Early Adulthood: the 20-something Life Crisis to Conquer

 IMG_4329-minPhoto by Joshua Earle on Unsplash

By Vuthy Pisey  

How old were you on your last birthday? If you’re in your teenage years-innocent, young and free- age is maybe just a number. Yet, if you are entering  adulthood, in your 20s, age is surely a pain in the neck; happy or not, adulthood comes along with greater responsibility, bigger challenges and unexpected changes.  

When you’re an adult, you feel that the world is flipping  upside down. You have a lot of things to do, dreams to achieve, and the whole universe to explore, but you realize that you have less time and energy to do any of it. In the worst cases you feel “lost, scared, lonely or confused” about what steps to take next to properly become an adult. If what I am saying makes sense to you, you are entering a stage which is referred to as the Quarter-Life Crisis.

What is a Quarter-Life Crisis? Is it normal for adults?

A quarter-life crisis typically occurs in your twenties or thirties when you start to leave your peaceful  comfort zone to enter the complex and colorful real world (usually it is after graduating from university and starting a job). It is when you are hit with anxiety, out-of-control stress, internal and external conflict, confusion, and more. To make it more specific, quarter-life crisis is when you feel that you are at the lowest point in life, you lose your life purpose and direction and importantly you become a victim of your own emotion and fear.  

But don’t you worry! You are not the first and definitely not the only person to experience all of this. More or less, each person has been through this stage in their twenties or thirties. I can relate a lot to how you are feeling because I am also fighting this quarter-life crisis – a battle which I find hard to describe.

adulthood        Photo by Your Tango on Pinterest

Although the quarter-life crisis is common among young adults in their twenties or thirties, each person can relate to it on different levels and in various areas of their lives. But how to tell if you are in a quarter-life crisis?  Well, there are five common symptoms of quarter-life crisis to look out for.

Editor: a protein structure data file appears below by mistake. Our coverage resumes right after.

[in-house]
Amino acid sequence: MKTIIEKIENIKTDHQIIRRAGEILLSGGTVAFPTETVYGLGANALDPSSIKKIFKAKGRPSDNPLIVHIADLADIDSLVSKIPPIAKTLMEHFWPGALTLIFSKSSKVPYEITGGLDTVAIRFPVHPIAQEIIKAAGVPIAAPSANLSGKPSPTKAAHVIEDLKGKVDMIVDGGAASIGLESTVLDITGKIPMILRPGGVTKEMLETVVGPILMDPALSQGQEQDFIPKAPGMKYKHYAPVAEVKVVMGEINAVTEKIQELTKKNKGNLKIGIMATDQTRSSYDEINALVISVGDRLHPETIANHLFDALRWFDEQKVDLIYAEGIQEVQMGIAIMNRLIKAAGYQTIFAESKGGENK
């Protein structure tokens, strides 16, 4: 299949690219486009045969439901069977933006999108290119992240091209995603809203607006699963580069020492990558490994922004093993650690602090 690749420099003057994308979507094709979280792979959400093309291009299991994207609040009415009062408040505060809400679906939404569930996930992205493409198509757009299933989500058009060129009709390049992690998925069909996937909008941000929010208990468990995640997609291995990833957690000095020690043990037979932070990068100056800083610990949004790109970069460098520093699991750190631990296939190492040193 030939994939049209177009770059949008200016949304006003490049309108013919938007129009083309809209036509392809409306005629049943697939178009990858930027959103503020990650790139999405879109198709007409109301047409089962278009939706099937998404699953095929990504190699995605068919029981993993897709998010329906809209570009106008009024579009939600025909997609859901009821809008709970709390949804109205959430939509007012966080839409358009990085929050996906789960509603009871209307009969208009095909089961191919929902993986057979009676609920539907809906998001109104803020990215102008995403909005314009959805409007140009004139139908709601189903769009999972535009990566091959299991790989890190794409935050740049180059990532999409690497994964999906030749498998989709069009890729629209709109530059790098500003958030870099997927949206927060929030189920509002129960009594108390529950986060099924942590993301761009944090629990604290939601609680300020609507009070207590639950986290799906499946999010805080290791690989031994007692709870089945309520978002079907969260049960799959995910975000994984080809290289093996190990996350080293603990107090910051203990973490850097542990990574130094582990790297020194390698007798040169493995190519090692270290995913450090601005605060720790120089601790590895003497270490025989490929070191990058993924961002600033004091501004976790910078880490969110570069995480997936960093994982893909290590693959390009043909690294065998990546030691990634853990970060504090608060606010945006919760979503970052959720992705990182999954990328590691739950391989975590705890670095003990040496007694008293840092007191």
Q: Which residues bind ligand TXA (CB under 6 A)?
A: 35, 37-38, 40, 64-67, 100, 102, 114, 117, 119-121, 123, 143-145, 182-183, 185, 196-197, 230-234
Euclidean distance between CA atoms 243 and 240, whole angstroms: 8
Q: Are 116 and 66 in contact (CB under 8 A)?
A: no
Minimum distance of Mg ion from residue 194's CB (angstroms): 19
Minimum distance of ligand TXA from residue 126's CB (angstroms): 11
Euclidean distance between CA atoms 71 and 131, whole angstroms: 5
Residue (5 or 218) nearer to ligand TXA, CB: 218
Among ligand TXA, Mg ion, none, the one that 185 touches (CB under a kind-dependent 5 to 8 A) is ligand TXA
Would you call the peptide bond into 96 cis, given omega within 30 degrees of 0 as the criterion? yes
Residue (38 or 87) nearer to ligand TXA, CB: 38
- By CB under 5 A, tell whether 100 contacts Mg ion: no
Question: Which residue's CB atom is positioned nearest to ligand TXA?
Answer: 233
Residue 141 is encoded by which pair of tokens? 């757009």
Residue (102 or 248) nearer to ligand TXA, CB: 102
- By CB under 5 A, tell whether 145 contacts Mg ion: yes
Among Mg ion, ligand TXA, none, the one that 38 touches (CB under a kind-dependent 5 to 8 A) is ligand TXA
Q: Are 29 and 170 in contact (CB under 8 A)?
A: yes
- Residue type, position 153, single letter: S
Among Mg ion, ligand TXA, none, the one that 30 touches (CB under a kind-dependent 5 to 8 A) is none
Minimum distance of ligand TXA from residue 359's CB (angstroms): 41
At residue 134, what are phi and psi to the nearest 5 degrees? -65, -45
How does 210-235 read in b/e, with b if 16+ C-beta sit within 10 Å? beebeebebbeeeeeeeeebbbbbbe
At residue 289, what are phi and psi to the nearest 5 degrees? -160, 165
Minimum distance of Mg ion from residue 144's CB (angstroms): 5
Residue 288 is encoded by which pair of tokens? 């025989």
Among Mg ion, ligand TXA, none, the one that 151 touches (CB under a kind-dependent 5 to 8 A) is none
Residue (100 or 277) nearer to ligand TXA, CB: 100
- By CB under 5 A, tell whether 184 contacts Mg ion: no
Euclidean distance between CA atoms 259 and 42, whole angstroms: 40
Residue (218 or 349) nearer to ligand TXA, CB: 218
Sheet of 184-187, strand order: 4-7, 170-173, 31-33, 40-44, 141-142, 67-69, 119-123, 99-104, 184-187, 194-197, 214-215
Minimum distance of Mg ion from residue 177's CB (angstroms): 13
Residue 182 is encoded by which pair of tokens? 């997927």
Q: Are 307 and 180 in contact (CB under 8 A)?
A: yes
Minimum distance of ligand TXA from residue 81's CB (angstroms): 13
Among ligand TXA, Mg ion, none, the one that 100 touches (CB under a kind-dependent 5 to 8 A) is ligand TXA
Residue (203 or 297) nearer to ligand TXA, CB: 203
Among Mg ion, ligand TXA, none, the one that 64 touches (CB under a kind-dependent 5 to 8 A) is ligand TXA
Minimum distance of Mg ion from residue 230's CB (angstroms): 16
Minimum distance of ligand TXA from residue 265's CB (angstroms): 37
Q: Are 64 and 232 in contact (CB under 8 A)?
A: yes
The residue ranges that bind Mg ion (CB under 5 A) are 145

• You struggle to find your identity

“Who are you?” This question is the hardest to answer. Could you distinguish yourself from the crowd? Are you a truly friendly and outgoing person or are you just trying to be one to please someone? A lot of people are struggling to determine what defines them. They are trying to find what they like or dislike, the hobbies or interests that they enjoy most, or the lifestyle they wish to live. Sadly, while trying to figure this out, some are also trying to fit in and belong to a group, which may cause them to lose track of finding their authentic selves.

  • You are confused about your professional Career

So what if you have graduated with two bachelor degrees with grade A? Is this the right job for you? The questions go on endlessly. I believe that a lot of people start to doubt  their career path and the daily work they are doing. They feel they are stuck and trapped while their friends are moving forward to a higher position and better salary. Professional career is one of the major crises for adults as it determines their responsibility, role and status in society.